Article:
By Michael Haederle

First in New Mexico

UNM Hospital Certified as a Comprehensive Stroke Center

The University of New Mexico Hospital has been recognized as the state’s first Comprehensive Stroke Center by The Joint Commission, a national accreditation agency for health care organizations and programs.

The decision earlier this month culminated a years-long effort to certify that UNM Hospital had in place all the resources needed to provide round-the-clock state-of-the-art care for stroke patients, says Torsten Rohde, RN, BSN, director of the hospital’s Stroke and Heart Failure programs.

“This is not just a team effort – this is a whole-village effort,” Rohde says, noting that UNM’s stroke program brings together neurologists, neurosurgeons, radiologists, neurocritical care specialists, emergency room doctors, rehabilitation specialists, pharmacists and specialized nursing and technical teams.

“A significant institutional and team commitment is involved in this kind of an achievement,” says neurosurgeon Andrew Carlson, MD, one of a team of specialists who provide 24/7 coverage for patients requiring endovascular surgery to repair aneurysms or retrieve clots from blocked vessels in the brain. “Those are themselves very limited resources. I’ve been wanting to make this program happen for many years. It takes a lot of things coming together.”

“This is a big thing for the state,” adds Michel Torbey, MD, a stroke specialist and chair of the Department of Neurology, who noted that UNM Hospital is connected with nearly two dozen rural and community hospitals throughout New Mexico via the Access to Critical Cerebral Emergency Support Services (ACCESS) telemedicine program.

ACCESS uses high-definition videoconferencing technology to enable emergency room doctors in community hospitals to consult with UNM specialists regarding their patients’ stroke symptoms, helping to determine whether to transport them to UNM Hospital if necessary. UNM doctors can even converse with family members or patients themselves to help determine their needs.

“We’re covering their stroke patients and giving them guidance to the best therapy, so we’re really acting in the spirit of what a comprehensive stroke center should be,” Torbey says. “These are the advantages that we can provide.”

Designation as a comprehensive stroke center indicates that a program has met stringent criteria both in patient care and in conducting related research.

“Certification recognizes health care organizations committed to fostering continuous quality improvement in patient safety and quality of care,” says Mark Pelletier, RN, MS, The Joint Commission’s chief operating officer for Accreditation and Certification Operations, and chief nursing executive.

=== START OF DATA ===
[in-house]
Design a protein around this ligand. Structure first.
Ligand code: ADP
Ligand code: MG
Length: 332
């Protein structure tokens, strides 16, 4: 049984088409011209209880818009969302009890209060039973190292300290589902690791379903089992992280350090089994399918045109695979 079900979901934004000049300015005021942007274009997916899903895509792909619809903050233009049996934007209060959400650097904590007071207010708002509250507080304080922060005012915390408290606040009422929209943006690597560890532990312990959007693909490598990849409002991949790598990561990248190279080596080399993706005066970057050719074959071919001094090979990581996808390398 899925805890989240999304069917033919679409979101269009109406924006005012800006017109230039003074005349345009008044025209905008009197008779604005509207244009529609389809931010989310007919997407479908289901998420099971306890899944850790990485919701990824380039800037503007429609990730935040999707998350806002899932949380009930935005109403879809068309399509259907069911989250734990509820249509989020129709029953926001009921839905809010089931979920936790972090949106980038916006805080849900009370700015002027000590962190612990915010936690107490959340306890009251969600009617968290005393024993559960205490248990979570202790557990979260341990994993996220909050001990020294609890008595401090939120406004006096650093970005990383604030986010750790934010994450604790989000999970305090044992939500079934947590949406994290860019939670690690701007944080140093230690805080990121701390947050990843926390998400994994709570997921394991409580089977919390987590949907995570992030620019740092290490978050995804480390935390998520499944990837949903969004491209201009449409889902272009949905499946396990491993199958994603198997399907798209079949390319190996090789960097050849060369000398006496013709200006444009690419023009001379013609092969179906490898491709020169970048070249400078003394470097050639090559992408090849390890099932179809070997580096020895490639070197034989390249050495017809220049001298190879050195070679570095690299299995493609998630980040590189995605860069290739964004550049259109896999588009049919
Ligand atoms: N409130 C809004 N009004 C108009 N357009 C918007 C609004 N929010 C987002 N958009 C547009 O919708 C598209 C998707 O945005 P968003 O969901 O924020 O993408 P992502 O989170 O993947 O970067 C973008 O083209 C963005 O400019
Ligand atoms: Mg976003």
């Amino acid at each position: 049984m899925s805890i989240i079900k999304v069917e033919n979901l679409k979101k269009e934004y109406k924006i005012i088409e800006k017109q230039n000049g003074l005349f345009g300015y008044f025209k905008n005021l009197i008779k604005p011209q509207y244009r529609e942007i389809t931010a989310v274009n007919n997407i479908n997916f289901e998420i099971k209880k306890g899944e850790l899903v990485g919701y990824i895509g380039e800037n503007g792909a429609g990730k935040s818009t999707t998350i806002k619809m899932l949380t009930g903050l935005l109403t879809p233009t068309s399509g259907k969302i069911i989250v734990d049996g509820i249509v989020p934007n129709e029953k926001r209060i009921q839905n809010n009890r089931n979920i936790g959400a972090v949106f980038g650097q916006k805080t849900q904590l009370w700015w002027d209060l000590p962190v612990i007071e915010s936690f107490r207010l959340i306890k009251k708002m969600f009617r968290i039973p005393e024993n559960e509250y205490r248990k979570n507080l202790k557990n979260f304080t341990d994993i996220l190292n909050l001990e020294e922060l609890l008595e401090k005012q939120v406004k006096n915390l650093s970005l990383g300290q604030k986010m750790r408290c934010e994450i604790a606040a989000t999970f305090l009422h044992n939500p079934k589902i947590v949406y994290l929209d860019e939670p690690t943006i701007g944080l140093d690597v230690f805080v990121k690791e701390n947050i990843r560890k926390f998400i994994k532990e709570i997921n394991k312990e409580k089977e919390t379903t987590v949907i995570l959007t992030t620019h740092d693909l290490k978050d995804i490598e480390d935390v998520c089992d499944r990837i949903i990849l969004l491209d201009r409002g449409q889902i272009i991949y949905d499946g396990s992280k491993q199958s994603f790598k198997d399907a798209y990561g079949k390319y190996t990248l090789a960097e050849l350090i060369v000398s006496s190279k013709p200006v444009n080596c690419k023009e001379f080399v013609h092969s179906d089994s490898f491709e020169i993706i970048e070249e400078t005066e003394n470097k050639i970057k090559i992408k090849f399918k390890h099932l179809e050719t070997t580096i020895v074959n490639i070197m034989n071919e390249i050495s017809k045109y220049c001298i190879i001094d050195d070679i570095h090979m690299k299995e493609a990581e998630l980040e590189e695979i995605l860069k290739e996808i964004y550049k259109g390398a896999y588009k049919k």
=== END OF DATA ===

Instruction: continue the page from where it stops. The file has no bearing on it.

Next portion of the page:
“We commend UNM Hospital for using certification to reduce variation in its clinical processes and to strengthen its program structure and management framework for stroke patients

The incidence of stroke in New Mexico seems to be increasing. The UNM team already sees some 400 stroke cases a year, along with about 50 ruptured aneurysms. The majority of strokes are ischemic, involving a blocked artery in the brain that starves surrounding tissue of blood.

Some of those are treated with clot-dissolving medications, but in others, Carlson and his colleagues can mechanically retrieve a clot using a device at the end of a catheter threaded through a vein. Nearly 100 of these thrombectomy procedures were performed last year.

With these new techniques, patients may recover with few, if any, deficits. But with stroke, the saying goes, time is brain – so the sooner doctors intervene, the greater the chance of preserving brain tissue.

Carlson says artificial intelligence (AI) represents the next big opportunity to improve outcomes for stroke patients. These systems can “read” the results of a CT brain scan to recognize a blocked artery and immediately alert doctors, speeding up the diagnostic process.

“It’s our goal that we can get this kind of automatic AI-guided detection of large vessel occlusion in patients who would benefit from emergency treatment to get them identified as early as possible so we can facilitate getting them here and getting them taken care of,” he says.

“That is an enormous priority for us, now that we have this recognition, to really use this to serve the state’s population.”

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